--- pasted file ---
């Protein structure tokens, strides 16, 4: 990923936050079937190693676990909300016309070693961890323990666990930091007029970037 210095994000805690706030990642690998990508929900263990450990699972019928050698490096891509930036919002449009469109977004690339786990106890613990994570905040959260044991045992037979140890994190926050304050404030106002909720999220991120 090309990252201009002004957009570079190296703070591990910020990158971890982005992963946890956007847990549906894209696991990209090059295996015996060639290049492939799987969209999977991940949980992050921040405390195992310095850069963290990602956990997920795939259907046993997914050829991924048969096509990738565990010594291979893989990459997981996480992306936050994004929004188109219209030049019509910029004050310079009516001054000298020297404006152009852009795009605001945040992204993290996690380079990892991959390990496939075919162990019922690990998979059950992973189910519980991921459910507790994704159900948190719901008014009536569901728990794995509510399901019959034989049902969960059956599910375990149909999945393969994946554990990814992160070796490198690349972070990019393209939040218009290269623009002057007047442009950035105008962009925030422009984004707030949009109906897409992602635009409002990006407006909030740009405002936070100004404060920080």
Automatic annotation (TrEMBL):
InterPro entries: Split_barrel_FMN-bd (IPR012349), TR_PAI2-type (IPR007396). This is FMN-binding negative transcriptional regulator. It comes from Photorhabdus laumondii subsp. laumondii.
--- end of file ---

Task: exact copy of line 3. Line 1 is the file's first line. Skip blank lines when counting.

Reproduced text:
InterPro entries: Split_barrel_FMN-bd (IPR012349), TR_PAI2-type (IPR007396). This is FMN-binding negative transcriptional regulator. It comes from Photorhabdus laumondii subsp. laumondii.